Tips for Safe Snow Removal and Protection from the Cold

shoveling snow
Shoveling out from Blizzard Jonas at Pomomok Houses on January 13, 2016. More than two feet of snow caused a travel ban in the city.

Since many of us may be on snow removal duty at home or at work this winter, here are some helpful tips for snow removal and for protecting yourself from the cold.

General Safety Precautions

Snow removal can be a strenuous activity, particularly because cold weather can be taxing on the body. There is a potential for exhaustion, dehydration, back injuries, or heart attacks.

To protect yourself, you should always:

  • Warm-up before starting: march on the spot, climb stairs or take a walk around the block.
  • Wear appropriate boots and clothing for cold, wet and windy conditions. Wear layers that can be adjusted to changing conditions.
  • Wear personal protective equipment such as hat, goggles, gloves, and cleats for walking on snow or ice.
  • Take frequent breaks in warm areas to warm up.
  • Cold weather puts an added strain on the heart so avoid overexertion. Non-routine exercise such as shoveling snow or pushing a vehicle can bring on a heart attack or make other medical conditions worse.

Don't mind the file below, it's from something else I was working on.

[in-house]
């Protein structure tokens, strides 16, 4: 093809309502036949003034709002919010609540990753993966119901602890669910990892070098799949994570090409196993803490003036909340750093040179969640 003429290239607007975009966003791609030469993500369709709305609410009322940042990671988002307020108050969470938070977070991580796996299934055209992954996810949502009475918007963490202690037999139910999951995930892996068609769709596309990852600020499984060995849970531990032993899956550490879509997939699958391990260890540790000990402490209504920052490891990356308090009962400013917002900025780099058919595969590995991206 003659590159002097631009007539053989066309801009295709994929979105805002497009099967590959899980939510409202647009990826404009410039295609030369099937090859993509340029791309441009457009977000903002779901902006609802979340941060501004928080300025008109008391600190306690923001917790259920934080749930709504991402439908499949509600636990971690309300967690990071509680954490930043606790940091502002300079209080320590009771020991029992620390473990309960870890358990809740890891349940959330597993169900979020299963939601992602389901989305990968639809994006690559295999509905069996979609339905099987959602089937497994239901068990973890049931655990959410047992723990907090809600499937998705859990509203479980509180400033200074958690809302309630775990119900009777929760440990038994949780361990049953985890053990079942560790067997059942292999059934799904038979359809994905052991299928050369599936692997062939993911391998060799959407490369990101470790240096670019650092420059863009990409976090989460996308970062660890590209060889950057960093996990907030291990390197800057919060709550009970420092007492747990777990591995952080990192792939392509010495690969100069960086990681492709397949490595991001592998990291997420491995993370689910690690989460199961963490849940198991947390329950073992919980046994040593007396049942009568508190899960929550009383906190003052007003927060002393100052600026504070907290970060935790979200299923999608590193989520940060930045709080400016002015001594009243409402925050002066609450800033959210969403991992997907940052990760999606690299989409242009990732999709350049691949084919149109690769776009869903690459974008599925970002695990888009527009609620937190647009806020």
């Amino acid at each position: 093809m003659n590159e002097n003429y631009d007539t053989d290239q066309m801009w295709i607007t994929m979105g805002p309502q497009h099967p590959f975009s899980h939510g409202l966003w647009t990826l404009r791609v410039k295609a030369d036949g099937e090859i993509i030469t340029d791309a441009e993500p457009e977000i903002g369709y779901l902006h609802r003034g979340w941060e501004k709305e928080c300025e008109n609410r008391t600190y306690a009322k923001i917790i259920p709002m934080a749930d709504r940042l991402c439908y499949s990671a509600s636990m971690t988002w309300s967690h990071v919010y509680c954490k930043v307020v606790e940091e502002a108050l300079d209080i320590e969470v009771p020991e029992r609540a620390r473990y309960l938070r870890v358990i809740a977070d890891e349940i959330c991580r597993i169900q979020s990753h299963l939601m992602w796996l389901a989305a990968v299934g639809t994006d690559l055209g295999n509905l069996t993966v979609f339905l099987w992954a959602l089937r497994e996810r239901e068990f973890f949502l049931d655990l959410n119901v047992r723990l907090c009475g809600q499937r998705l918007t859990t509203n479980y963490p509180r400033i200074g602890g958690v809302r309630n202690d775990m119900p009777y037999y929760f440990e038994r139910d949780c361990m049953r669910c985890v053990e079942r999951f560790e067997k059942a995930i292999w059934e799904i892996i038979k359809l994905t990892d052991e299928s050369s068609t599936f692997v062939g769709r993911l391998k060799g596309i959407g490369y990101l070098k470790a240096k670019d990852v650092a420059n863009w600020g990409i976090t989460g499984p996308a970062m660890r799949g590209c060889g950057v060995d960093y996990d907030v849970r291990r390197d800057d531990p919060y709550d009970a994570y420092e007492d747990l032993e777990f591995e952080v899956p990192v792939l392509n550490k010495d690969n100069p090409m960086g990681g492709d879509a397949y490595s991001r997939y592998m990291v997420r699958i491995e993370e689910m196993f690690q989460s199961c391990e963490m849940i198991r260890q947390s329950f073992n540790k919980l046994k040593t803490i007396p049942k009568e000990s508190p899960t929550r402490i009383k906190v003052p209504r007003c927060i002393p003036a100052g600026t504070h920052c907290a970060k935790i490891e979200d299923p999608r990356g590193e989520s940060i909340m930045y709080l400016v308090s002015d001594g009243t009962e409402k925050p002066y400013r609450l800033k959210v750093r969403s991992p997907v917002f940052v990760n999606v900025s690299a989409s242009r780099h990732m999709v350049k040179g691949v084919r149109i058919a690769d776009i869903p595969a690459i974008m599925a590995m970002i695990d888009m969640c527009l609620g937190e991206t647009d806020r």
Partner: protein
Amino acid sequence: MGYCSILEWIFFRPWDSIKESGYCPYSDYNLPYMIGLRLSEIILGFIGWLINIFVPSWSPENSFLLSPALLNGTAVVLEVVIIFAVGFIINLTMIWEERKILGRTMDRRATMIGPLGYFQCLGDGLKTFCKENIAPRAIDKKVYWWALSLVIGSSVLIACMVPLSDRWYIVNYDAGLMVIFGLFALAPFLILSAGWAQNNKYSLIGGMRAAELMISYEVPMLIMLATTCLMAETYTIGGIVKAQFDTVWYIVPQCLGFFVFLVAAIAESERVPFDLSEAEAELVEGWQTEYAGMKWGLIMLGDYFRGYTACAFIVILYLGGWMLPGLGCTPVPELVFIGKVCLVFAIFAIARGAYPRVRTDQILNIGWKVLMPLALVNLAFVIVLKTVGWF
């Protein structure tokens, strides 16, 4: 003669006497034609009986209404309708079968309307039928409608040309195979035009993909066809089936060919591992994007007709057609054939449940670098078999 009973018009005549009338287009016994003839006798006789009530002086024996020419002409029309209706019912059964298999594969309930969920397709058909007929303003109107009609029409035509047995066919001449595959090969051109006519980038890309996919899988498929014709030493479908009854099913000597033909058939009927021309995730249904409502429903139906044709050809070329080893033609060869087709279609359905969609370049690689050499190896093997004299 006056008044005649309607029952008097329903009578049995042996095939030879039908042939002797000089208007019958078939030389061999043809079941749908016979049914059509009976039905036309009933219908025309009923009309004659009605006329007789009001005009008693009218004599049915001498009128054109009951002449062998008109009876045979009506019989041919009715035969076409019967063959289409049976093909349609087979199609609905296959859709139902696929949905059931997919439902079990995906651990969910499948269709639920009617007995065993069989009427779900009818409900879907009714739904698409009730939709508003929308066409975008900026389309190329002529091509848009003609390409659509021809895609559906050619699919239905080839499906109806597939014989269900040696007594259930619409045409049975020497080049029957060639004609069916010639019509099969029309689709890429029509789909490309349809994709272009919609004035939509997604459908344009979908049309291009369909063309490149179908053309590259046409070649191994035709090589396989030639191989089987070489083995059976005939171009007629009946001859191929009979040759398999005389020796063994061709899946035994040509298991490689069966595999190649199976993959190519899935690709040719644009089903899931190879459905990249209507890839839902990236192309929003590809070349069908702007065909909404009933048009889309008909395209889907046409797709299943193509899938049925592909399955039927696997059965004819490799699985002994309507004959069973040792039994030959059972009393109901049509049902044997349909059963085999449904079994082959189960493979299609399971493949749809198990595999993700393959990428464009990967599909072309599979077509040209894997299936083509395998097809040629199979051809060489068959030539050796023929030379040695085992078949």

• If you experience pain of any kind, stop immediately and get help.Watch for signs of frost bite and hypothermia.
  • When walking on an icy or snow-covered walkway, take short steps and walk at a slower pace so you can react quickly to a change in traction.

For more information, refer to the Snow Removal Operations standard procedure (SP 040:62:1).

Signs of Hypothermia

When exposed to cold temperatures, your body begins to lose heat faster than it can be produced. The result is “hypothermia” or abnormally low body temperature. Body temperature that is too low affects the brain, making the victim unable to think clearly or move well. This makes hypothermia particularly dangerous because a person may not know it’s happening and won’t do anything about it.

Although hypothermia usually occurs at very cold temperatures, it can occur even at cool temperatures above 40 degrees if a person becomes chilled from rain, sweat, or submersion in cold water.

Some of the signs and symptoms of hypothermia are:

  • vigorous shivering;
  • confusion/fumbling hands;
  • memory loss/slurred speech;
  • drowsiness or exhaustion;
  • slow heart rate or breathing, and
  • loss of consciousness.

Signs of Frostbite

At the first signs of redness or pain in any skin area, get out of the cold or protect any exposed skin: Frostbite may be setting in. If you think you’re experiencing hypothermia or frostbite, get immediate medical attention or call 9-1-1.

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